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- by Roni254 Nov 17, '00I'm doing a research project on the nurse-patient relationship, and I have a few questions. First of all, what do you feel are the most important components to develop a healthy relationship with a patient? How close can a nurse become to her patient before it is considered too close? Are there certain guidelines that a nurse should follow in order for them to maintain a stable relationship with the patient without getting too close? Are there any guidelines that are especially important to follow? What behaviors do you consider as crossing the line in the nurse-patient relationship? Have you ever witnessed a case in which there was too much involvement with a patient? In the training you received during your nursing education, do you feel you were prepared on how to effectively develop the relationship needed for quality care?
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- Nov 17, '00 by pickledpepperRNI think the focus should be on helping the patient and family. A discussion of the latest ball game could let a patient relax, help them become comfortable enough to open up to you, or annoy the patient if he thinks you care about the game more than helping him.
The purpose for the nurse should always be to provide nursing care. Not just socializing.
- Nov 18, '00 by MijourneyOriginally posted by Roni254:
I'm doing a research project on the nurse-patient relationship, and I have a few questions. First of all, what do you feel are the most important components to develop a healthy relationship with a patient? How close can a nurse become to her patient before it is considered too close? Are there certain guidelines that a nurse should follow in order for them to maintain a stable relationship with the patient without getting too close? Are there any guidelines that are especially important to follow? What behaviors do you consider as crossing the line in the nurse-patient relationship? Have you ever witnessed a case in which there was too much involvement with a patient? In the training you received during your nursing education, do you feel you were prepared on how to effectively develop the relationship needed for quality care?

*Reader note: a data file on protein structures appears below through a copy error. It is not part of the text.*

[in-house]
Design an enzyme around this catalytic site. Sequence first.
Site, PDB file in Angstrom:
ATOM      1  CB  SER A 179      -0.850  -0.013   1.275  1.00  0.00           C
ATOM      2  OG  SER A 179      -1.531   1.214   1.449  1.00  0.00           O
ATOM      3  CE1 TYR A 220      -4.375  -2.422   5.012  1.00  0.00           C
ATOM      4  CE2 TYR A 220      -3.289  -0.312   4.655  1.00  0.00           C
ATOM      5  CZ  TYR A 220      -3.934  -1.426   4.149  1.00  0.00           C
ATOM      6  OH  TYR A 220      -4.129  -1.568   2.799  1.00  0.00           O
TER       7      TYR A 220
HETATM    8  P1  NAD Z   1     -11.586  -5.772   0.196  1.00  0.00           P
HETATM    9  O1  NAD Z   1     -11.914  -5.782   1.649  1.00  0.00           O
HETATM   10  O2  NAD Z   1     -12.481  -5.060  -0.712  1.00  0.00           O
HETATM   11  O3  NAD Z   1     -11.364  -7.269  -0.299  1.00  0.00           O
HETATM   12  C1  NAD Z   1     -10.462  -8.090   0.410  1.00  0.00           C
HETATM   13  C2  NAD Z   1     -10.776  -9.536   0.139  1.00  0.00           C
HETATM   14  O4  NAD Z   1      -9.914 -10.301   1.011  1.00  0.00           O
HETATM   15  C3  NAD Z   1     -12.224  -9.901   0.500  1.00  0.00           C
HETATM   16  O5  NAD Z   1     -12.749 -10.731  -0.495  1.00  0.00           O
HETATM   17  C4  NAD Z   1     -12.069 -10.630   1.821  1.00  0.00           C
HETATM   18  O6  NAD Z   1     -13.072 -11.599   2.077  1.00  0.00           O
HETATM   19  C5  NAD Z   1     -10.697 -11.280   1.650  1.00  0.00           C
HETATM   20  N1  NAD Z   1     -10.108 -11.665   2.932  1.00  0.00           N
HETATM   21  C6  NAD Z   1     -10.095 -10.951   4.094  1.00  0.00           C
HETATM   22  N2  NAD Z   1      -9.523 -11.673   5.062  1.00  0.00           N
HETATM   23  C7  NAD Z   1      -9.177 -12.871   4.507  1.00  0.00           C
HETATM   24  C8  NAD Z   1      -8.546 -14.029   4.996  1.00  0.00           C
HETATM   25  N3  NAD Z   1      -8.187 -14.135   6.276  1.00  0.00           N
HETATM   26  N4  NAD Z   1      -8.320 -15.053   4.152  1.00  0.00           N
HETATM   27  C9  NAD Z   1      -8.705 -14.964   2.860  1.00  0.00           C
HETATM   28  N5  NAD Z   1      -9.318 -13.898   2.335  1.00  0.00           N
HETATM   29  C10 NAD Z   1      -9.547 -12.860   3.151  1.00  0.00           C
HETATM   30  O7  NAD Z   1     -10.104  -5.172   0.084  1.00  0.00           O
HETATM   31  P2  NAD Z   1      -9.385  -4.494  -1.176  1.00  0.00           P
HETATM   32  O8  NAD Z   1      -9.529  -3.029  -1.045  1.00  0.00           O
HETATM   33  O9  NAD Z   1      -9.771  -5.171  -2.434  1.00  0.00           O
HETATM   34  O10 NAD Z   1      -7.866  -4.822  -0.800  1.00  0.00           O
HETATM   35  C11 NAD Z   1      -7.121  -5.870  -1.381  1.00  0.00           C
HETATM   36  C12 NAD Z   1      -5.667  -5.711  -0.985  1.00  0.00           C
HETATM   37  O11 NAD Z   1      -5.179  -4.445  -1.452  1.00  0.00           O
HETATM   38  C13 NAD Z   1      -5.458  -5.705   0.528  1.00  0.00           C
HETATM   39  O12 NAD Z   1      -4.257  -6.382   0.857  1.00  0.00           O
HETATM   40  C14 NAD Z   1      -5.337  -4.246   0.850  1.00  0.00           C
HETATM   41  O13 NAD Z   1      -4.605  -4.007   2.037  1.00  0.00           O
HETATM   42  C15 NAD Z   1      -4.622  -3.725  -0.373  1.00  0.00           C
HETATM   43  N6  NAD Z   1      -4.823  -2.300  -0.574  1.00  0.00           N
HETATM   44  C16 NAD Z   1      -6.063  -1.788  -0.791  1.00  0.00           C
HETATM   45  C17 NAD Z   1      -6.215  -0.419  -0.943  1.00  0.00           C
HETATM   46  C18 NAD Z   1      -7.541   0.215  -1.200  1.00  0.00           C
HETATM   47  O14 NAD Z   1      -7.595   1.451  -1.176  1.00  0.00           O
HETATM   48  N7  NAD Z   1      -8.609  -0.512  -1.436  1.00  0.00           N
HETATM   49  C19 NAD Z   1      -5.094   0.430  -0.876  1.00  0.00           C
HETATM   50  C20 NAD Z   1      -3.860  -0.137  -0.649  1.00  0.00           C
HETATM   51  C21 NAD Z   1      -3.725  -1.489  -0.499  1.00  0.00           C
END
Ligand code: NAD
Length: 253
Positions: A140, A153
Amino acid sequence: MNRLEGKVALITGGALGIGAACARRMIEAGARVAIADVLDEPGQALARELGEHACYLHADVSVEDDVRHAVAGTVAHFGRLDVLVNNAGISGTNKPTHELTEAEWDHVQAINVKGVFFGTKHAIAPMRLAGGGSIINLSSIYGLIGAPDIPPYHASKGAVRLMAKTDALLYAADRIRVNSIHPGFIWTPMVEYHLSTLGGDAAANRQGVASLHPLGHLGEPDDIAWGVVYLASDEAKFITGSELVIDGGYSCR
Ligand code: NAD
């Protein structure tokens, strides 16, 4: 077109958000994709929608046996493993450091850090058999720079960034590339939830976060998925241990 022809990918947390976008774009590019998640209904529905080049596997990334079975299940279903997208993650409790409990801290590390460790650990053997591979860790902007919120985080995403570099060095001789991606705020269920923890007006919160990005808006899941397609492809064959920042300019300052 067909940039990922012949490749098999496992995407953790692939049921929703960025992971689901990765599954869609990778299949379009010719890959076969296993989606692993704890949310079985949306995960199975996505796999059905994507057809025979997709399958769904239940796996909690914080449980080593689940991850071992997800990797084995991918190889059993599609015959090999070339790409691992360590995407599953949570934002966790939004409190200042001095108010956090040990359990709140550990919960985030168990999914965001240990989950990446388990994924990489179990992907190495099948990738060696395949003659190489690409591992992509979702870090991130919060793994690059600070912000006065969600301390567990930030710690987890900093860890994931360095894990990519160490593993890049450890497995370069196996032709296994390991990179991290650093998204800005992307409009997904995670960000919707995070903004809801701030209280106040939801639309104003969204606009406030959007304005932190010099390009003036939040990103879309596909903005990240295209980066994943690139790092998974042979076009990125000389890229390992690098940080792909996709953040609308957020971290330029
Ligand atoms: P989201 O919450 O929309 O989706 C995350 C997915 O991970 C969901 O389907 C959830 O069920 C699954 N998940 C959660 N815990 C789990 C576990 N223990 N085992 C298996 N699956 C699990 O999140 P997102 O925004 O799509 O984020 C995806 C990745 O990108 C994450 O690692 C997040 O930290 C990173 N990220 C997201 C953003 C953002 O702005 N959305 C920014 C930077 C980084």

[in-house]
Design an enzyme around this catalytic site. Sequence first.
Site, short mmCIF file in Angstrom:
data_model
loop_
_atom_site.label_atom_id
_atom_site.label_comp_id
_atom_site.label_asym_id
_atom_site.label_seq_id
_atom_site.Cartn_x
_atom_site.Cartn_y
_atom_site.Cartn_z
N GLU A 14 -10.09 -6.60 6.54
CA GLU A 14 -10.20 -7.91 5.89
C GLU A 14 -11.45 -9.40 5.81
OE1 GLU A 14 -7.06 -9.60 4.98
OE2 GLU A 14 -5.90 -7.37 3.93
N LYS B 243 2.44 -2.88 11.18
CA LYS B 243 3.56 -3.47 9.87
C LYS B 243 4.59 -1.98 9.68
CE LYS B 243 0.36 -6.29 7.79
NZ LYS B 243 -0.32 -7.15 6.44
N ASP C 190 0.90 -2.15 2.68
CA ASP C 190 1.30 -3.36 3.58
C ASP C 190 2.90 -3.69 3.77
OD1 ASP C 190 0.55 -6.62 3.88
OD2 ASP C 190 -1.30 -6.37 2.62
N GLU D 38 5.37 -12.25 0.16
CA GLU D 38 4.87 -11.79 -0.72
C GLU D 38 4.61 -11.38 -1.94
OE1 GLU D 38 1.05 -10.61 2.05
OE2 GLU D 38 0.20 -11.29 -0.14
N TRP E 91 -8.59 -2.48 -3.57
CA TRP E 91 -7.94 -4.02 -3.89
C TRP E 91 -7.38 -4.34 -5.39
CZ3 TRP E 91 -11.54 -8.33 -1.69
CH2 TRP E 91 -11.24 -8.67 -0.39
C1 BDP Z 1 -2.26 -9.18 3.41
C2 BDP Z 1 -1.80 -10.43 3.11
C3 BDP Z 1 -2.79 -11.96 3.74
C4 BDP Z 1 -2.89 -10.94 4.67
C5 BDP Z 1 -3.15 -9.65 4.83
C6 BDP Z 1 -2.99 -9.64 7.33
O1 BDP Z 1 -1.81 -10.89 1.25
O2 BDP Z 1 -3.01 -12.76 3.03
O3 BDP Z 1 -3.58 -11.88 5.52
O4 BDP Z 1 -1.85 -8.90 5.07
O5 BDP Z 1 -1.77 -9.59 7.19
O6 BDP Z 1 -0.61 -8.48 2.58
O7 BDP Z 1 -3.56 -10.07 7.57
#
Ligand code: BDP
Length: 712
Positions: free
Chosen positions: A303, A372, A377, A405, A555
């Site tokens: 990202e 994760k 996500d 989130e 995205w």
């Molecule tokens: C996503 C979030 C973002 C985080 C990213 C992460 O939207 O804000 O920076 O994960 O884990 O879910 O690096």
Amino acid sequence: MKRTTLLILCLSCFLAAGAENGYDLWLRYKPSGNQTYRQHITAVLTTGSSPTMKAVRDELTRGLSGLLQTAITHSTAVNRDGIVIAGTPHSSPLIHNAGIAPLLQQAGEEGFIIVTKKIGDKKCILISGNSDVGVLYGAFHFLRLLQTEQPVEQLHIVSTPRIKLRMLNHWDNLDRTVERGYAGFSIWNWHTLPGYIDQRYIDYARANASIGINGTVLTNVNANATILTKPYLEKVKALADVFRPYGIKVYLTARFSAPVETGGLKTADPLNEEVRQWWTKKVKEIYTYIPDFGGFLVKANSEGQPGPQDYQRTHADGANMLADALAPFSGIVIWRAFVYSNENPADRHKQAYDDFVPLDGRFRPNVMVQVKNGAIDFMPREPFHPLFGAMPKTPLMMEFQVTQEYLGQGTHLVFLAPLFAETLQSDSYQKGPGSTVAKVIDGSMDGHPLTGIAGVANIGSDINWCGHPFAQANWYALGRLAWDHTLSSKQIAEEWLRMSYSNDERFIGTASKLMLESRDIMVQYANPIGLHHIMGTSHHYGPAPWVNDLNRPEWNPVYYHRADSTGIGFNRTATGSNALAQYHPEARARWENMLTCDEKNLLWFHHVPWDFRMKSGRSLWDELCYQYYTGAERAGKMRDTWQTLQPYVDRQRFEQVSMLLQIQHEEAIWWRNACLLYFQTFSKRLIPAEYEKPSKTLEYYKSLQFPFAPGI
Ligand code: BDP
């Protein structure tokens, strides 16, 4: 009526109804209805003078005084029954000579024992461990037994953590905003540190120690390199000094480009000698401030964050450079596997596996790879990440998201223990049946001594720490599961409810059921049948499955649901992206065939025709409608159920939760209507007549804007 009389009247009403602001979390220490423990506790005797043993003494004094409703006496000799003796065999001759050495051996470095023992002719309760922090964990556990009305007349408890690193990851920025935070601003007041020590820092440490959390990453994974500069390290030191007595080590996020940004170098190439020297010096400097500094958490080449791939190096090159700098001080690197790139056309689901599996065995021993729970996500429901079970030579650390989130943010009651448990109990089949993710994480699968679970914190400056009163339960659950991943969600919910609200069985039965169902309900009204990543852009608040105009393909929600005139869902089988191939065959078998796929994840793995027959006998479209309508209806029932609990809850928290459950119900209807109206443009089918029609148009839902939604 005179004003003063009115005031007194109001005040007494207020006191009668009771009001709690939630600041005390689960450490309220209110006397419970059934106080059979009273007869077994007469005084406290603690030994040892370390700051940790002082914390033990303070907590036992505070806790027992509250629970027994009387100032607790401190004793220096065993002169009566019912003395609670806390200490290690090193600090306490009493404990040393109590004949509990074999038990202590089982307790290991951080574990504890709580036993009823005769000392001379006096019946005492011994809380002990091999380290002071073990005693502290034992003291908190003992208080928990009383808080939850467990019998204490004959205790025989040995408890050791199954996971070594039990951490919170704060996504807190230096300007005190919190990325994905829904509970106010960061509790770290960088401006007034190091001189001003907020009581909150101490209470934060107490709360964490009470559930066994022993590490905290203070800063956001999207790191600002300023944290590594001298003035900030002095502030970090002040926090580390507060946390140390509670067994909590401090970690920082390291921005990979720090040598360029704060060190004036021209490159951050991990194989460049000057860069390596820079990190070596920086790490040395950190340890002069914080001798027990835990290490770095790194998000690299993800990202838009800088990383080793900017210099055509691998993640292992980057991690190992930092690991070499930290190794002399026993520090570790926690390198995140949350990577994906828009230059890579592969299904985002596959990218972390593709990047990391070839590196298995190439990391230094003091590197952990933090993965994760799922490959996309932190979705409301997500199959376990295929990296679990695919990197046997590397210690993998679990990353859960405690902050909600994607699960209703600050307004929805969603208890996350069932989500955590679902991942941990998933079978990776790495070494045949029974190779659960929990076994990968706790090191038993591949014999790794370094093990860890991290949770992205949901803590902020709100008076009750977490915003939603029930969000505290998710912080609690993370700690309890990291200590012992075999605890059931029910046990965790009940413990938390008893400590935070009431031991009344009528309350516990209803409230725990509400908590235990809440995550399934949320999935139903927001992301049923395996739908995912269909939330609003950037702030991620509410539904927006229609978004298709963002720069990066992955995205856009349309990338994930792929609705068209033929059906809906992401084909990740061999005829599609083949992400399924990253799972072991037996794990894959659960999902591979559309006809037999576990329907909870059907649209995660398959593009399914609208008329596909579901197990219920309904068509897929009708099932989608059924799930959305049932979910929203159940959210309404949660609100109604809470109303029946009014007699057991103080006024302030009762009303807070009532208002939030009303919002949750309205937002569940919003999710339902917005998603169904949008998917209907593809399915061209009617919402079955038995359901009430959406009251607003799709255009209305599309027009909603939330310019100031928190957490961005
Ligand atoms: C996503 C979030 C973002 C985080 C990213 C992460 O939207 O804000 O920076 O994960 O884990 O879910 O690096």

I think the most important quality in care today is collaboration. The nurse needs to encompass the qualities of compassion, expertise, good work ethic, etc. when collaborating with the patient/family. Collaboration is important because it acknowledges the fact that both nurses and patients/families need to be active and proactive in care for the short and longterm benefit of the patient/family.
I went to nursing school at a time when models and processes were evolving. What I learned years ago in my diploma and BSN training is still applicable in some cases and antiquated in others. My experiences in different work settings have had a more pervasive effect. As I wrote in another post, patient care is very subjective. Nevertheless, you have probably crossed the line when your relationship with your patient/family goes beyond prudent professional. Nurses need to distinguish between being friendly and acting in friendship. Best wishes on your research.
- Nov 20, '00 by goldilocksrnI think the most important part of the nurse-patient relationship is open, honest communication. Education is a close second. Our job is to give them the tools to help them manage their conditions. If they are dying, it is our job to let them discuss their feelings, have adequate pain control, etc. Patients may not always like that you have to say, but they respect the honesty nonetheless. I have never seen a nurse-patient relationship get too close. Like others have said, our job is too busy. We focus on the important tasks, then get on with it.
- Nov 24, '00 by beckyjoI agree that open and honest communication is the best way to develop a relationship with a patient, but what happens when you can't communicate with a patient because they can't speak your language and they come from a totally different culture?
- Nov 25, '00 by hollykateBeckyjo,
You ask an important question. There is an A T and T language line (I've never used it, since the maj of my patients speak engliah or Spanish and I speak both, (thank goodness) but using an interpreter does not always make people feel like they are in a trusting relationship. If they speak english and the culture is foreign to you, maybe you can ask some simple questions about the culture. I have found that most people do not expect that you will "know" their culture, and showing a genuine interest in it goes a long way- it shows respect etc etc etc. But if there is no english and no translator, it does get difficult. Remember for the pt this is an entirely terrifying experience, I get called all over our hospital when the Spa interpreter is tied up elsewhere. Sometimes just your actions- getting a blanket, repositioning gently etc, can make a big difference.